It wasn't a simple progression. Firewalls on '20s cars were almost always separate pieces. Some manufacturers/coachbuilders took the rear edge of the hood a distance past the firewall well before 1930 – sometimes leaving a gap which allows you to look into the footwell when the hood is open, which I think is quite cool.
  18. Rickybop
    Joined: May 23, 2008
    Posts: 6,737

    from Michigan

    About 1948.
    And we haven't had milk since.

    Sorry, I don't understand the part about a "one piece" cow.
    hotrodjack33 likes this.
  19. Rand Man
    Joined: Aug 23, 2004
    Posts: 3,572

    Rand Man

    I think it’s just a style/design question. As per the photo, the cowl is a stand-alone unit, located behind the hood, and in front of the front doors. I have collected a handful of model T and A cowls. 32 Ford had a cowl. After that, they started to disappear, as stylist started to blend in the design elements. It could be argued that most manufacturers had moved on from the the “cowl” by the mid nineteen thirties.
  20. squirrel
    Joined: Sep 23, 2004
    Posts: 47,117



    This is what you're wondering about. I took the liberty of cropping the images and combining into one.

    This cowl is one it's made of more than one piece. The firewall is probably spot welded to the body panel(s), there might or might not be a seam at the reveal line, below where the top meets the sides.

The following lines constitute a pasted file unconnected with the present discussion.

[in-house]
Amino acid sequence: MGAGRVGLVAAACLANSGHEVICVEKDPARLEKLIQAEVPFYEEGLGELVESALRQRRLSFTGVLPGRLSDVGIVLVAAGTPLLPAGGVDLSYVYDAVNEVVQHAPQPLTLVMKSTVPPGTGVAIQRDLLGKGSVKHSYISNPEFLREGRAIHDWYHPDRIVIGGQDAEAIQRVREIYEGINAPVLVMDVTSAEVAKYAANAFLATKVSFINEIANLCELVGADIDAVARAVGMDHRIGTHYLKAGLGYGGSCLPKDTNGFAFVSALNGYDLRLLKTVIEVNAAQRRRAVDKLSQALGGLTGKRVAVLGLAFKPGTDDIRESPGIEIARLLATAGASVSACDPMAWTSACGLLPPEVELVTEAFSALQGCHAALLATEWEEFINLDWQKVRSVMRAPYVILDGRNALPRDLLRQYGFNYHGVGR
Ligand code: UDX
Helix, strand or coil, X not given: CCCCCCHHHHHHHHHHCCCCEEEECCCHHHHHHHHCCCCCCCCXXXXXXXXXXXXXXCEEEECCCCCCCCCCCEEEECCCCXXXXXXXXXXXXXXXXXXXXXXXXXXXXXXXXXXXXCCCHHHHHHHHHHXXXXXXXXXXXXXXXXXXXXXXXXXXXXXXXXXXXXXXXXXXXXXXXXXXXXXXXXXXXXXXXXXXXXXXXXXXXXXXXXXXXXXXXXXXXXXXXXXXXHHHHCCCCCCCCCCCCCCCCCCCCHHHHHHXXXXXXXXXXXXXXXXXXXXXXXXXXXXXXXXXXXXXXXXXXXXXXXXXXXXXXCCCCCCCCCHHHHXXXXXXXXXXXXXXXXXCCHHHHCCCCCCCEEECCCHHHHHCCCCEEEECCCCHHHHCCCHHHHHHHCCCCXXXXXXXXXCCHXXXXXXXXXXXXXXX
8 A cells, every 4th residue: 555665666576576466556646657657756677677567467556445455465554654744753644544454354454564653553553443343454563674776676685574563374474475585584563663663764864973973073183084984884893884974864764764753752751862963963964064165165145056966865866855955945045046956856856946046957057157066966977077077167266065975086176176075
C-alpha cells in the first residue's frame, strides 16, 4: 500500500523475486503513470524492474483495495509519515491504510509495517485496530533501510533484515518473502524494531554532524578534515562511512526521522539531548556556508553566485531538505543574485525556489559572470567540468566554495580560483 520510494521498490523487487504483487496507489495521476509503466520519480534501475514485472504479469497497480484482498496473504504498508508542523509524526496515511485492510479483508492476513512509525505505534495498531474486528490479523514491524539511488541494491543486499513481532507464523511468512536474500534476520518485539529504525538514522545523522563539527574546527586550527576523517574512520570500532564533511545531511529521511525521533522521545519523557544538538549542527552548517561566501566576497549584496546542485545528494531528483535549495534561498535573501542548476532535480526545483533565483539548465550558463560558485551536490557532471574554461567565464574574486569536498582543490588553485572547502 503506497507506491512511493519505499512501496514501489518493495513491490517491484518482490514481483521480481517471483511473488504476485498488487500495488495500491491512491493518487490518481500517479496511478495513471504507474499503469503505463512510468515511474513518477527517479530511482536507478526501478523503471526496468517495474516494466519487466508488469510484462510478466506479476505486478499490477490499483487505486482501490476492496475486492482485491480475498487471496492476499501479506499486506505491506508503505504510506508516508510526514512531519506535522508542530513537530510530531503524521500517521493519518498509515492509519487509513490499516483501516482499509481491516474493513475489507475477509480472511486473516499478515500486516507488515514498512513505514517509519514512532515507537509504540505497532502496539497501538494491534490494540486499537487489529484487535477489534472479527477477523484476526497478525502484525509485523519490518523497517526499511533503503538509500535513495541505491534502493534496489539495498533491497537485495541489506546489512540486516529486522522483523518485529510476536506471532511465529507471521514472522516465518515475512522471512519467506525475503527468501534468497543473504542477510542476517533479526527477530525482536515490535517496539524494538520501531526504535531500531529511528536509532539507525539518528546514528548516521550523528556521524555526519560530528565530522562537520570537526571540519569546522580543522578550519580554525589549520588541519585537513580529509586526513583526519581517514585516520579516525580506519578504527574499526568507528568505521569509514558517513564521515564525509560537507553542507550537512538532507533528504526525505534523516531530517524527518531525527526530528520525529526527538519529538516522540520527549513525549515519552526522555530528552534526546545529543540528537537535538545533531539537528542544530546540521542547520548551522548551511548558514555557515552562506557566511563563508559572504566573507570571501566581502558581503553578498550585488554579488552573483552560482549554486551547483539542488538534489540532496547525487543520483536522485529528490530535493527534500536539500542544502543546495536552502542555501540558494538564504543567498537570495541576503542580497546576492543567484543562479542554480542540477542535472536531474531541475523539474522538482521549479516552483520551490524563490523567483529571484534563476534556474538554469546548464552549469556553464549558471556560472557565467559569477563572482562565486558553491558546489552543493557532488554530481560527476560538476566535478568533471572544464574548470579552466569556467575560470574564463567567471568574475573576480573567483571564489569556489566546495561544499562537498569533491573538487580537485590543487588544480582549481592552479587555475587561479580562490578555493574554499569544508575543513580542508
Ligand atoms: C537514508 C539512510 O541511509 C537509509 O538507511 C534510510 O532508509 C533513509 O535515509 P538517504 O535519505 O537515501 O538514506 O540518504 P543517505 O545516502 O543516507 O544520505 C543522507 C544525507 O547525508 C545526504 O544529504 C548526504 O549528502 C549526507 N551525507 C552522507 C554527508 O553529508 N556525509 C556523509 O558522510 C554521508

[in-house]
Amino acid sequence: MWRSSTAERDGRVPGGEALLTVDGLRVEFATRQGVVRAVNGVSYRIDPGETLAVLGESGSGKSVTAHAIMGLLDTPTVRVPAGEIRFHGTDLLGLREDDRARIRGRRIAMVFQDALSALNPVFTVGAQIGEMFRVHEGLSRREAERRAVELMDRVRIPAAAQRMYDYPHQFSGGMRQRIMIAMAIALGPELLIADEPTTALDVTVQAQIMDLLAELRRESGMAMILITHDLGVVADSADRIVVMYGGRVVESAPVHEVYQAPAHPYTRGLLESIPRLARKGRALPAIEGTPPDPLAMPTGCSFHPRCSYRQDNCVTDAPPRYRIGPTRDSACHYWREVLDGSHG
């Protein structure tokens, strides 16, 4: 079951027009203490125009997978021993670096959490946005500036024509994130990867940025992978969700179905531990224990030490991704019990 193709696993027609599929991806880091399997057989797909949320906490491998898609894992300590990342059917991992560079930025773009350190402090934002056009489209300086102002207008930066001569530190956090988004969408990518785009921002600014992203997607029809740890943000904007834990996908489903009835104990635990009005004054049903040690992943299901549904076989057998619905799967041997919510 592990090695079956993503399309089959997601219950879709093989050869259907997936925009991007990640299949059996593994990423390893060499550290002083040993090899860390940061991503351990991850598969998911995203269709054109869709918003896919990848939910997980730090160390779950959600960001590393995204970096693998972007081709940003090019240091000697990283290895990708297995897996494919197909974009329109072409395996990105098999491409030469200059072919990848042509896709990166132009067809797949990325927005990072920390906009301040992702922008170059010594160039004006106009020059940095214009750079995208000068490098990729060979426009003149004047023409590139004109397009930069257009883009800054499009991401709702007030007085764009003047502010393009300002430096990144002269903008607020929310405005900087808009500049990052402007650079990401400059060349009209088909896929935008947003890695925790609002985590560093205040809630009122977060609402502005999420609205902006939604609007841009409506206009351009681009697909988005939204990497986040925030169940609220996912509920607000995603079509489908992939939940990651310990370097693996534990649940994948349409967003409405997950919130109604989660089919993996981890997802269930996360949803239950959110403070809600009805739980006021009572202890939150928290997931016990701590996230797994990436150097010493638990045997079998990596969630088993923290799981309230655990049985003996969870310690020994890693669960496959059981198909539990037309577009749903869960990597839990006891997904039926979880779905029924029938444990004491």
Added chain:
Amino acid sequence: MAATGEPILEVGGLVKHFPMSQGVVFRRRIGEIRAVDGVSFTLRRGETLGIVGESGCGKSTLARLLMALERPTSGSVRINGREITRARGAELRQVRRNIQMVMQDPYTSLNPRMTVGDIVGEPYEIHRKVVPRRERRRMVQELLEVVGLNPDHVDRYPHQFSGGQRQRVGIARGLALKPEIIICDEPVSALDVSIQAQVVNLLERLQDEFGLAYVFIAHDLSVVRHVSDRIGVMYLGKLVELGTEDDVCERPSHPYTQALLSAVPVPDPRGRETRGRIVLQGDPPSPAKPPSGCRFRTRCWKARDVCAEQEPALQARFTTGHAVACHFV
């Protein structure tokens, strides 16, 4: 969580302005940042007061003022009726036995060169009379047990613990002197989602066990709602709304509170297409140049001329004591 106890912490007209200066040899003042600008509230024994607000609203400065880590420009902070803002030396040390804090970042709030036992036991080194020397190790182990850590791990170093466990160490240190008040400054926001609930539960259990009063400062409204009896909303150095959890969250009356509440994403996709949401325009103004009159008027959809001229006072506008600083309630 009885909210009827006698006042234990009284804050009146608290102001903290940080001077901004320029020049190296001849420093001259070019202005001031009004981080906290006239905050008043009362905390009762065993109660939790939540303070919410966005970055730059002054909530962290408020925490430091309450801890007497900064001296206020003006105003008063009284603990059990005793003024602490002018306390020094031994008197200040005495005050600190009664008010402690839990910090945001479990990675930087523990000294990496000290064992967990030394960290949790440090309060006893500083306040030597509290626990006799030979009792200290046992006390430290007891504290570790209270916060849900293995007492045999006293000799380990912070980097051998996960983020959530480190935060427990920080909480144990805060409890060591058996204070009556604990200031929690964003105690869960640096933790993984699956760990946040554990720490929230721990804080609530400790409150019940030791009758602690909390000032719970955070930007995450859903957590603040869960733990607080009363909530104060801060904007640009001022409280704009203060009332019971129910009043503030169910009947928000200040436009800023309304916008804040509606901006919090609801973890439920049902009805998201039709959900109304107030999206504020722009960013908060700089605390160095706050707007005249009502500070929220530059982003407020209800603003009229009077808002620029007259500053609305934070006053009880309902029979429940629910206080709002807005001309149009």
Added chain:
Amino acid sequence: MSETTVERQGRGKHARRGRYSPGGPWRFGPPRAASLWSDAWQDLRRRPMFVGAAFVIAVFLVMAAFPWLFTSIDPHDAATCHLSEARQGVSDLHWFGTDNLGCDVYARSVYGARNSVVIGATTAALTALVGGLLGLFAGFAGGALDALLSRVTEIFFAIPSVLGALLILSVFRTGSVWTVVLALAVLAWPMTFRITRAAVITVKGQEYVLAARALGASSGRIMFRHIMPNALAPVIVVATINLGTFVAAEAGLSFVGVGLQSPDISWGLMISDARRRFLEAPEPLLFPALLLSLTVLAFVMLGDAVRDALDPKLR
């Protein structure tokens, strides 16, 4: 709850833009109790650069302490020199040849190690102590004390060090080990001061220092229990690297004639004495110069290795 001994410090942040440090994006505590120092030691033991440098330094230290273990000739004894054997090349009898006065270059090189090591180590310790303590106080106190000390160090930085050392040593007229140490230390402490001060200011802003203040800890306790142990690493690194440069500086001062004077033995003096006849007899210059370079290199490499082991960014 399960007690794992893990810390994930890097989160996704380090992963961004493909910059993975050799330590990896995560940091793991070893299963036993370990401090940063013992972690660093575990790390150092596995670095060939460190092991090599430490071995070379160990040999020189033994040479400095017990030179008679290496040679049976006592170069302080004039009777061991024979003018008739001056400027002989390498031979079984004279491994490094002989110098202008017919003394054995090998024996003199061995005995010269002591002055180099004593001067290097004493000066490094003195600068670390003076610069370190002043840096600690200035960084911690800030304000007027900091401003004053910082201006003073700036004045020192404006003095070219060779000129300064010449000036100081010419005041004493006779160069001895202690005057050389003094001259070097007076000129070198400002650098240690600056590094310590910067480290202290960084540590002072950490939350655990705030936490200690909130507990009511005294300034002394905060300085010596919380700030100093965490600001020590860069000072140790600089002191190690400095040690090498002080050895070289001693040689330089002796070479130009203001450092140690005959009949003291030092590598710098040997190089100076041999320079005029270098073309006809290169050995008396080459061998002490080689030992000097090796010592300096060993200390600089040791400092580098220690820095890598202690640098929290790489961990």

So....are you asking when they started making cowls like this? or when they stopped? or when what specific design feature changed?

    I'm confused, too, still.
  21. hotrodjack33
    Joined: Aug 19, 2019
    Posts: 1,354


    All cows start out as "one piece"...which probably will change if their final destination is the diner table
    Rickybop likes this.
  22. squirrel
    Joined: Sep 23, 2004
    Posts: 47,117


    I'm not quite sure what you mean by "that way". The major change was when the fenders became one piece, and met the door, so the cowl "disappeared". Is that what you mean? If so, it started happening around 1940 or so, depending on the car make. Hoods got longer, and covered more of the cowl, and fenders changed shape considerably as the grilles began to get wider, and the hoods got wider. By 1949, cowls were completely gone on most cars, although they stuck around on pickup trucks through the mid 50s. Big conventional cab trucks still have cowls, look at a new Pete 389.
  23. Are you thinking RHD because of that hole in the firewall ? Thats to high for a steering column, probably from a manifold heater.
  24. rusty valley
    Joined: Oct 25, 2014
    Posts: 1,925

    rusty valley

    lots of early cars had the ignition coil stuck thru the firewall as an anti theft devise. you would need to be inside to hot wire it. some even had a cable from the key switch to the coil which had the actual switch mounted on the can
  25. LM14
    Joined: Dec 18, 2009
    Posts: 1,935

    from Iowa

    The shape may have changed but every car is still made with a cowl.
  26. squirrel
    Joined: Sep 23, 2004
    Posts: 47,117

    Member want to know when the A pillar became permanently attached, at the belt line.

    Late 20s, early 30s.